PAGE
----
The Proper Image for Linux

Dr. Bentson did a survey of Linux kernel developers to find out about their backgrounds. Here are the results.
Postscript

I just received a note from the person who sparked the original survey. He reports:

I took my “hand-me-down” Linux box, an unimpressive 75MHz Pentium with 64MB RAM and a tiny 600MB HD to work. My boss was amazed that office applications such as StarOffice were available and was quite impressed when I read a Word document with StarOffice and then converted it to HTML. Samba was another revelation. Overall performance impressed him. In a few crude tests, it outperformed a “commercial” system running with 128MB RAM, dual 200MHz processors and all ultra-fast/ultra-wide SCSI drives.

After a couple of callers indicated an interest in UNIX versions, we checked the price of current systems. My boss decided Linux was indeed priced right, and asked me to start on a port.

It looks like we've won one more away from the dark side.

Randolph Bentson 's first UNIX experience was booting a BSD VAX system on July 3, 1981—the whole town had a celebration the next day. Dr. Bentson started contributing to the Linux kernel in May 1994, and his book Inside Linux: A Look at Operating System Development describes how many modern operating system features have evolved and become essential parts of Linux. He can be reached at bentson@grieg.seaslug.org.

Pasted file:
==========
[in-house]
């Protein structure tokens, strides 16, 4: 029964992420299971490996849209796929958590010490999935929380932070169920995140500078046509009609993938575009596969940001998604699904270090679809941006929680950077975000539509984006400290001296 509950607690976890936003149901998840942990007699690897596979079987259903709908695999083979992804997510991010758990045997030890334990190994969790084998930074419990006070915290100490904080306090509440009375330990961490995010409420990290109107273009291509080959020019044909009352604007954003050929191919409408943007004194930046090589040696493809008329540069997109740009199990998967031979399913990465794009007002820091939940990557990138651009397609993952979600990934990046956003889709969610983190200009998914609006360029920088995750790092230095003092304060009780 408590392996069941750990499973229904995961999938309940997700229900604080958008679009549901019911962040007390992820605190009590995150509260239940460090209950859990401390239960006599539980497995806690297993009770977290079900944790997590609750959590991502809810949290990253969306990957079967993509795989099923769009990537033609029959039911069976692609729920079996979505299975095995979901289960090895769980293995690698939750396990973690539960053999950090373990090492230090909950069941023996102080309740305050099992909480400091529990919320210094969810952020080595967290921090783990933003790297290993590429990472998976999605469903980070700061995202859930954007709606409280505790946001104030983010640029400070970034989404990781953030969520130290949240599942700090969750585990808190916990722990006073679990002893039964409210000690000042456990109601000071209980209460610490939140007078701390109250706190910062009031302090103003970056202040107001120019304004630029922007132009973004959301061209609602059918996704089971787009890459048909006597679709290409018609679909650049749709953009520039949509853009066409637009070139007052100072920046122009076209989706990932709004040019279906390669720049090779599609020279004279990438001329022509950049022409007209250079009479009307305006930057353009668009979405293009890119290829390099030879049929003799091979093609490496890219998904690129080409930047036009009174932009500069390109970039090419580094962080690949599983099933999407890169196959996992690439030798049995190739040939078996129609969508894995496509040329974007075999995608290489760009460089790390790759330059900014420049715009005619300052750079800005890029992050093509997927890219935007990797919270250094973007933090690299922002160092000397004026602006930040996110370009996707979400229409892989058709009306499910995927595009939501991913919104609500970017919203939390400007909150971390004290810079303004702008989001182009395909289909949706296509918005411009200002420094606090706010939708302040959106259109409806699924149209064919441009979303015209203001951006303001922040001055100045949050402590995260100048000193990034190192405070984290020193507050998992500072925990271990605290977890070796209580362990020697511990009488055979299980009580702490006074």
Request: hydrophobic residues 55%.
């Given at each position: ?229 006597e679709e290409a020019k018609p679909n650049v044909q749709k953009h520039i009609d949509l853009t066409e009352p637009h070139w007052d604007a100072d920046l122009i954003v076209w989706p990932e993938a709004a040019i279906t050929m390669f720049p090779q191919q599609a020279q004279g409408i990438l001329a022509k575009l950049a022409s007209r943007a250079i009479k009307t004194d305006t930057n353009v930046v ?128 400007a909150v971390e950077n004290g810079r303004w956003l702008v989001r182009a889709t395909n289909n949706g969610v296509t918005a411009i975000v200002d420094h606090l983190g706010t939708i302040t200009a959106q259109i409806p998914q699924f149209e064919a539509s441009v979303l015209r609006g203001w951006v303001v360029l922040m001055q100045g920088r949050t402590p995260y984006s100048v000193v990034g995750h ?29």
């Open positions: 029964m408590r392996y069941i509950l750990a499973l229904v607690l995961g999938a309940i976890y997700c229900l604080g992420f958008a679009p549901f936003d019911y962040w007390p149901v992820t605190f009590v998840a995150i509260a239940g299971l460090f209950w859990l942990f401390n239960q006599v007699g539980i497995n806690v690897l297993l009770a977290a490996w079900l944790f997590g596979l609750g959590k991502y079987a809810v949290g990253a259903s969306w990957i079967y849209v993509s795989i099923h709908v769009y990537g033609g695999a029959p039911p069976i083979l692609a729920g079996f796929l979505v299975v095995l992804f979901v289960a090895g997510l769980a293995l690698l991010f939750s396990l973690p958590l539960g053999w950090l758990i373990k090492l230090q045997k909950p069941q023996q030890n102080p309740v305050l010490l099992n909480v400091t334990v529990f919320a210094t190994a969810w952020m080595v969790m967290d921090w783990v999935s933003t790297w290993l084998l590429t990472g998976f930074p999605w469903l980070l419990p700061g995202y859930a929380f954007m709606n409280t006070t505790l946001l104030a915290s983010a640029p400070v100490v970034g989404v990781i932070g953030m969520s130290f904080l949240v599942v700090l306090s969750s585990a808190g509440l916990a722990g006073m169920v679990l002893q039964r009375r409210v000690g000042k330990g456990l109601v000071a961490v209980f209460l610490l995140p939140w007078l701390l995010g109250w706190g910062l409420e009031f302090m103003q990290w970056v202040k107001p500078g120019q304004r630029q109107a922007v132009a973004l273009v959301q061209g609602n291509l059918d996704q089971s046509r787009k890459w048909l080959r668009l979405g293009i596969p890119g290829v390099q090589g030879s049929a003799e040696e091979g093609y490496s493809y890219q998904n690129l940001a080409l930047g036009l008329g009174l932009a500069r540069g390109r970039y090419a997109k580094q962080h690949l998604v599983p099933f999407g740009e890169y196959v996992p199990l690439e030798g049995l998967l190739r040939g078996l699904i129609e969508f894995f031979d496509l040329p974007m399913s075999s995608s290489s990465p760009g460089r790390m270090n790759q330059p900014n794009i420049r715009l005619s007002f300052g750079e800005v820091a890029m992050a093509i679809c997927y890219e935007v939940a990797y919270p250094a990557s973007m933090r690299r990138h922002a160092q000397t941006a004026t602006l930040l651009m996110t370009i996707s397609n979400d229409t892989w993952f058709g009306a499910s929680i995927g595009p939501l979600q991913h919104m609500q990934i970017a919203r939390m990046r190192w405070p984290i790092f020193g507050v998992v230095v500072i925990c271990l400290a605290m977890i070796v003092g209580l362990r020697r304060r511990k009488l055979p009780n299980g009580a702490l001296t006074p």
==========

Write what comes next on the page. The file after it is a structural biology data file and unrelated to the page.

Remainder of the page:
______________________

Webinar
One Click, Universal Protection: Implementing Centralized Security Policies on Linux Systems

As Linux continues to play an ever increasing role in corporate data centers and institutions, ensuring the integrity and protection of these systems must be a priority. With 60% of the world's websites and an increasing share of organization's mission-critical workloads running on Linux, failing to stop malware and other advanced threats on Linux can increasingly impact an organization's reputation and bottom line.

Learn More

Sponsored by Bit9

Webinar
Linux Backup and Recovery Webinar

Most companies incorporate backup procedures for critical data, which can be restored quickly if a loss occurs. However, fewer companies are prepared for catastrophic system failures, in which they lose all data, the entire operating system, applications, settings, patches and more, reducing their system(s) to “bare metal.” After all, before data can be restored to a system, there must be a system to restore it to.

In this one hour webinar, learn how to enhance your existing backup strategies for better disaster recovery preparedness using Storix System Backup Administrator (SBAdmin), a highly flexible bare-metal recovery solution for UNIX and Linux systems.

Learn More

Sponsored by Storix